By Sarfraz Ali
The environment has never been matter of concern for Pakistan and the tendency goes further chronic as all mainstream political parties, bracing for participation in the forthcoming polls, have placed environment issues at the bottom of their draft manifestos for 2013 elections.
United Nations Framework Convention on Climate Change (UNFCCC), adopted in 1992 and entered into force in 1994, and as a result the adoption of Kyoto Protocol initially in 1997 (which later entered into force on 16 February 2005), has dubbed it necessary for all to have more vibrant climate change policies at political and national level across the world. However, in Pakistan, politics has all glamour but blind to environment issues.
Indifference on the subject gets more appalling because common people especially civil society have not bothered to bash political leadership for downplaying environment matters in their manifestos.
Adding insult to injury, various NGOs engaged in revamping environmental degradation, government departments and independent associations, national and international, have also opted out to remain silent over the situation.
In terms of words, Pakistan claims to be part of global world but at the time of action, it lacks interest to follow environment protocol which are accepted and practiced on international front. Even neighbouring country India has better awakening for environmental problems and its political parties are so sensitive on the issue that they have placed climate matters on the top of their manifestos.
Both the Congress, ruling party, and the Bhartiya Janta Party (BJP), opposition, in India – gave fairly significant mention to climate change and the environment in their manifestos.
The Congress party penned down that “climate change has now emerged as a serious challenge for the world community” and has committed to implementing its National Action Plan on Climate Change, released last June, “in letter and spirit.” The BJP outlined a fairly robust set of measures as well, stating it will “pursue national growth objectives through an ecologically sustainable pathway that leads to mitigation of greenhouse gas emissions, recognising that containing global warming is essential to protecting life and security of people and environment.”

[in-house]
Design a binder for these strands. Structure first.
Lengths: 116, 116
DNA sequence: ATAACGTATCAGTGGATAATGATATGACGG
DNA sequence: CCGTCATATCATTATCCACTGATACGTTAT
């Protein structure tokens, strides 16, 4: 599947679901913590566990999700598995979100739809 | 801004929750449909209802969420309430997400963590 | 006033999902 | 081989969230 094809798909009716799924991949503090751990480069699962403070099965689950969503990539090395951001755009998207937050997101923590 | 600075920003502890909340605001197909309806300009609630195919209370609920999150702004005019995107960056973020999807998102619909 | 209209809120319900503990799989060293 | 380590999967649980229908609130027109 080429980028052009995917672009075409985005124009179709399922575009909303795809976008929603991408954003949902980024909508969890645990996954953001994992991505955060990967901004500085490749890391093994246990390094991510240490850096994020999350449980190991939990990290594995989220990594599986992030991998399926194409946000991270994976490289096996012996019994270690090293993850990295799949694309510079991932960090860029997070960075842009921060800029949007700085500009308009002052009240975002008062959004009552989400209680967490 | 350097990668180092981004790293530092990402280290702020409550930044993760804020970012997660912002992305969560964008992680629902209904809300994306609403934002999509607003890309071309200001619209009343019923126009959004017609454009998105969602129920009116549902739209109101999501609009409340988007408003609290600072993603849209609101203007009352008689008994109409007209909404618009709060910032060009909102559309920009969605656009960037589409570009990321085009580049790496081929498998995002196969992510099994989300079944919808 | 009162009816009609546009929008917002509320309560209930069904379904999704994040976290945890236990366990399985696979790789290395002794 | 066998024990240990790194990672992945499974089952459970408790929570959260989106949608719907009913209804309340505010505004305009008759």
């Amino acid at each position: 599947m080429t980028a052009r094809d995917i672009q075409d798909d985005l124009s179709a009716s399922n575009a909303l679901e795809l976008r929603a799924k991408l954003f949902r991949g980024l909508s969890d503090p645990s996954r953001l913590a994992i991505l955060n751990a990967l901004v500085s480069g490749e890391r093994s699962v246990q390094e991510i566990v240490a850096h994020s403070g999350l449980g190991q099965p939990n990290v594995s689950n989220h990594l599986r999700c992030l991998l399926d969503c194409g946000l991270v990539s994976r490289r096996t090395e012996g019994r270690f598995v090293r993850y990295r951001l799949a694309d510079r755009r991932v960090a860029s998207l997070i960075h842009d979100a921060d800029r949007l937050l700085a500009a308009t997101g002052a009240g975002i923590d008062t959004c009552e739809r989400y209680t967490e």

In developed world, the UK has set precedents to check environmental pitfalls. Its main political parties, Labour and Conservative, have also significant role in this perspective that fully demonstrated through their manifestos.
So far, political parties in Pakistan mainly ruling party, Pakistan People’s Party (PPP), and main opposition party, Pakistan Muslim League (PML-N), looking abuzz to participate in polls have almost given final touches to their manifestos prioritizing their areas, subjects and game plan to be achieved after coming into power. Some coalition allied parties like Muttahida Qaumi Movement (MQM) and Awami National Party (ANP) have even compiled them. It is shame that their manifestos articulate all agendas but “environment” putting human life at stake around the globe.